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Isaiah 46:11 Updated American Standard Version (UASV)
10 declaring the end from the beginning
and from ancient times things not yet done,
saying, ‘My counsel shall stand,
and I will accomplish all my purpose,’
11 calling a bird of prey from the sunrising,
the man of my counsel from a far country.
I have spoken, and I will bring it to pass;
I have purposed, and I will do it.
(Isaiah 46:10) Almighty God, our Creator of heaven, earth, and humanity has the ability to foresee the future, which is just more outstanding evidence of the existence of the Creator. However, it is one thing to have the foresight of what will happen but it is an even greater ability to move the pieces on the human chessboard to ensure the fulfillment of things that are foreseen. The declaration “my counsel shall stand” in verse 10 emphasizes the unchangeableness of God’s secured purpose. As Scripture tells us God’s power is unlimited, so there is nothing that can prevent him from carrying out his will and purposes. (Daniel 4:35) Therefore, we are guaranteed that all of his prophecies which yet in the future (great tribulation, Armageddon, the resurrection of the righteous and the unrighteous, thousand-year reign of Christ, the abyssing of Satan) are yet to be fulfilled will certainly come true.—Isaiah 55:11.
(Isaiah 46:11) As the one “declaring the end from the beginning,” (vs. 10) Jehovah God has the ability to fashion the events in human matters in order to carry out his will and purposes. In verse 11, Jehovah will call Cyrus “from the sunrising [east].” In other words, he will call Cyrus from Persia in the east of Babylon, which is where you would have found Cyrus’ favorite capital, Pasargadae. Cyrus was to be like “a bird of prey,” pouncing swiftly, abruptly, and surprisingly upon Babylon.
BIRD OF PREY: The bird of prey used by God to administer judgment on Babylon, was Cyrus the Gret of Persian, who was holding his people captive was figuratively represented by “a bird of prey.” (Isa 46:11) According to the Nabonidus Chronicle, we arrive at the final year of Nabonidus’ reign (539 B.C.E.) in the month of Tishri (September-October), Cyrus engaged the Babylonian forces at Opis and destroyed them. The reads: “The 14th day, Sippar was seized without battle. Nabonidus fled. The 16th day, Gobryas (Ugbaru), the governor of Gutium and the army of Cyrus entered Babylon without battle. Afterwards Nabonidus was arrested in Babylon when he returned . . . In the month of Arahshamnu [Marchesvan (October-November)], the 3rd day, Cyrus entered Babylon.” (Ancient Near Eastern Texts, p. 306)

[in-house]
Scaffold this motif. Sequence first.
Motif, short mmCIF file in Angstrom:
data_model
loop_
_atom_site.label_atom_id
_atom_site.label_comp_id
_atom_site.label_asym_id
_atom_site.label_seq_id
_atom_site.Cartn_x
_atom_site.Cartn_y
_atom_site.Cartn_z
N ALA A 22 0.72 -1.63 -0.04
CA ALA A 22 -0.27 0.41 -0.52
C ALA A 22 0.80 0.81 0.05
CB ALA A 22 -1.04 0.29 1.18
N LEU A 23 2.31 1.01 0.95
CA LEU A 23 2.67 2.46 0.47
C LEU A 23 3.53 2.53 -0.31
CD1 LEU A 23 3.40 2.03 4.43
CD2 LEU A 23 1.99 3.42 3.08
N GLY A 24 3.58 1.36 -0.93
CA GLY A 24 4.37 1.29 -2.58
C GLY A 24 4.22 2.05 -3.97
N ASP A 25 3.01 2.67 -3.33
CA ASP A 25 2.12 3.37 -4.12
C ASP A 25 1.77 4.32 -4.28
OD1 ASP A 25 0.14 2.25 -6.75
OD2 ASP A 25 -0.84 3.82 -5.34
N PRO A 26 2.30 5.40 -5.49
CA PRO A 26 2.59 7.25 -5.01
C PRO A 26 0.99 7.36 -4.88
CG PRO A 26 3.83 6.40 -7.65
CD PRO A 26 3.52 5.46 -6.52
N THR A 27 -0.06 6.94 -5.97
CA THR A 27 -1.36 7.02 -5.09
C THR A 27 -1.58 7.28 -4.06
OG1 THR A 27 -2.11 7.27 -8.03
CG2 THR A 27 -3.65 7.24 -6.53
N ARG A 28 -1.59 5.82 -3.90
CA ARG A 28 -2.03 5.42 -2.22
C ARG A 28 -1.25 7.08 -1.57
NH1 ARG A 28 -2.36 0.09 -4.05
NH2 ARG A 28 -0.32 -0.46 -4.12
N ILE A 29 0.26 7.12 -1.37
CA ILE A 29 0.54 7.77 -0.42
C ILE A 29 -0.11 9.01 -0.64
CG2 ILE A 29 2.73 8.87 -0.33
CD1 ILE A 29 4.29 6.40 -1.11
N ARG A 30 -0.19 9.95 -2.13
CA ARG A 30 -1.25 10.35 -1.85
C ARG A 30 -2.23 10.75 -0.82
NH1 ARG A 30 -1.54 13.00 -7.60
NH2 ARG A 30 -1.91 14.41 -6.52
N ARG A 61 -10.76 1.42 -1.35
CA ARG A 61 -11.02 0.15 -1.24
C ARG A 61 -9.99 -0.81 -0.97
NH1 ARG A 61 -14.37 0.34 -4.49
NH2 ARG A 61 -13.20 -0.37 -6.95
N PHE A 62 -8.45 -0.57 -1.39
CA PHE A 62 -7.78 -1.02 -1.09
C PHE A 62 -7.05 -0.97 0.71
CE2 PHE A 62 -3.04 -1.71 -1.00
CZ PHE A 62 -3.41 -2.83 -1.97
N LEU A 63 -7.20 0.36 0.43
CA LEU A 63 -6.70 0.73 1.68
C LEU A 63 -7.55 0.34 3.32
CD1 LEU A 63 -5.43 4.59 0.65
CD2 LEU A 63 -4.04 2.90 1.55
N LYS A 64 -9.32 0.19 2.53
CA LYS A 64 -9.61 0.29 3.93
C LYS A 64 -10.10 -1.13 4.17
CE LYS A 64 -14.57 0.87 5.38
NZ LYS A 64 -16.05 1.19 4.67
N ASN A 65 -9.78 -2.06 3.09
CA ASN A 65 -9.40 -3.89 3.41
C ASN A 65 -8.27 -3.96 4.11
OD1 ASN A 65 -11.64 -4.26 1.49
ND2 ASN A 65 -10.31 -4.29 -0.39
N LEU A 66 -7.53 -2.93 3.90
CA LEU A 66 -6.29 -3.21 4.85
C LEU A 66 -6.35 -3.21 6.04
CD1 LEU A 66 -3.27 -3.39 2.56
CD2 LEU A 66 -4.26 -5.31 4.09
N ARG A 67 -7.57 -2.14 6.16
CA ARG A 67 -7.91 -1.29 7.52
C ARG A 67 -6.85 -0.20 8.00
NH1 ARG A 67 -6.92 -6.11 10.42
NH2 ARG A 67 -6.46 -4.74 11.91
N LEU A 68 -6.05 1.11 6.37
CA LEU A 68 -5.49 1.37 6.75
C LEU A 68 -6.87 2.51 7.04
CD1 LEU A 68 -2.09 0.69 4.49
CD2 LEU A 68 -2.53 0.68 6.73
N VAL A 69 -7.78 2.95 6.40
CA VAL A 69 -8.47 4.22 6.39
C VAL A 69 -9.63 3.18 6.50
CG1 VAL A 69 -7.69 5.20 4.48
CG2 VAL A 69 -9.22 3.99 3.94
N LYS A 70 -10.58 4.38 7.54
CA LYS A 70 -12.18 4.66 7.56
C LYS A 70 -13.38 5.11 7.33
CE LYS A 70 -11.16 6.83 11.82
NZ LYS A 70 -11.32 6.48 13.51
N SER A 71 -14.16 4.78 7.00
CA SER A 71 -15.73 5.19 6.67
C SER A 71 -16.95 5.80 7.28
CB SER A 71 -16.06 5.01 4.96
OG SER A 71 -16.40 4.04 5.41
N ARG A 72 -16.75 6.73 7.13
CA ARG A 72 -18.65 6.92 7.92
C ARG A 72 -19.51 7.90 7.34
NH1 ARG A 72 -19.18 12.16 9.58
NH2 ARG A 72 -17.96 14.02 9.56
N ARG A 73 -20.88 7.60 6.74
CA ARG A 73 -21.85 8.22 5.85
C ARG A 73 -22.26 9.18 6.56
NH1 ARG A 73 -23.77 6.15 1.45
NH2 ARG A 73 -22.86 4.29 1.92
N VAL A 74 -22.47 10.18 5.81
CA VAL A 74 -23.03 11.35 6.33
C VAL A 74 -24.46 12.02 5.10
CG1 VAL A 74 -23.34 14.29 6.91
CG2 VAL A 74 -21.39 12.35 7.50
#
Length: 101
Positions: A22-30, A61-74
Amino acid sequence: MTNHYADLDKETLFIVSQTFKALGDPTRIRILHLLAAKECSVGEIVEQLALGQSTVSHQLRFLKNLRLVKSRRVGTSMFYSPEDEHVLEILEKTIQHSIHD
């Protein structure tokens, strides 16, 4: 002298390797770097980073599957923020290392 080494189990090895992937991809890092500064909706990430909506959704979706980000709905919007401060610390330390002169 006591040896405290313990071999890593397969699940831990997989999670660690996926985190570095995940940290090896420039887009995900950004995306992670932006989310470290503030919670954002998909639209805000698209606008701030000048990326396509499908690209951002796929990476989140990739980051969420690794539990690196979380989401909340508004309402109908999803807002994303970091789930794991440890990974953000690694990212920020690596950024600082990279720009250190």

* The last supreme monarch of the Babylonian Empire, who was the father of Belshazzar
NOTE: God does not directly step into humanity for everything all the time. He is selective in his using some specific aspect of humanity to carry out his will and purposes.
On Isaiah 46:11, John N. Oswalt writes,
They are to remember that in “former” times God predicted what is taking place at this moment and that he has kept his promises in the past. Cyrus, “the bird of prey” coming “from the east,” will arrive in direct fulfillment of the prediction and purpose of God. These things show that Yahweh is God alone and that “there is none like” him. The issue now is whether the exiles will believe it and keep their faith
Trent Butler writes,
46:11–13. Yes, even if God chose to call his ruler from a far eastern country rather than from Israel, he would still accomplish his purpose. Israel must quit being stubborn and get ready for God’s great new action in their history. They could get ready only though righteousness. Even though he was using a foreign king, his purpose was to provide for the salvation of his people Israel.
J. Alec Motyer writes,
10–11. End … beginning … still to come: i.e. the whole sweep of history, from its inception to the things still in process, and on to the end, is under his sovereign rule. He does not await the turn of events and then wonder what to do about them: they all emerge in order on the stage of history (like the stars, 40:26) at the dictate of his word (I make known, lit. ‘declare’). From ancient times is just ‘from beforehand’. My purpose will stand: in a word, the Lord is a God who is truly God. As in creation (Ps. 33:9), so in history, he cannot be thwarted or gainsaid. Even when some particular in human experience bothers his people, it is still the unalterable will of God. Here, the Lord does not conceal or alter the Cyrus plan. He comes as a rapacious victor (bird of prey, 11) under the compulsion of the divine will (purpose). God has spoken (said), God will act (bring about); it is the product of divine wisdom (planned) and backed by divine action (do).
 That is, the east
 John N. Oswalt, Isaiah (The NIV Application Commentary) (Kindle Locations 11414-11417). Zondervan. Kindle Edition.
 Trent Butler, Holman Old Testament Commentary – Isaiah. B&H Publishing Group. Kindle Edition.
 J. Alec Motyer, Isaiah: An Introduction and Commentary, vol. 20, Tyndale Old Testament Commentaries (Downers Grove, IL: InterVarsity Press, 1999), 333–334.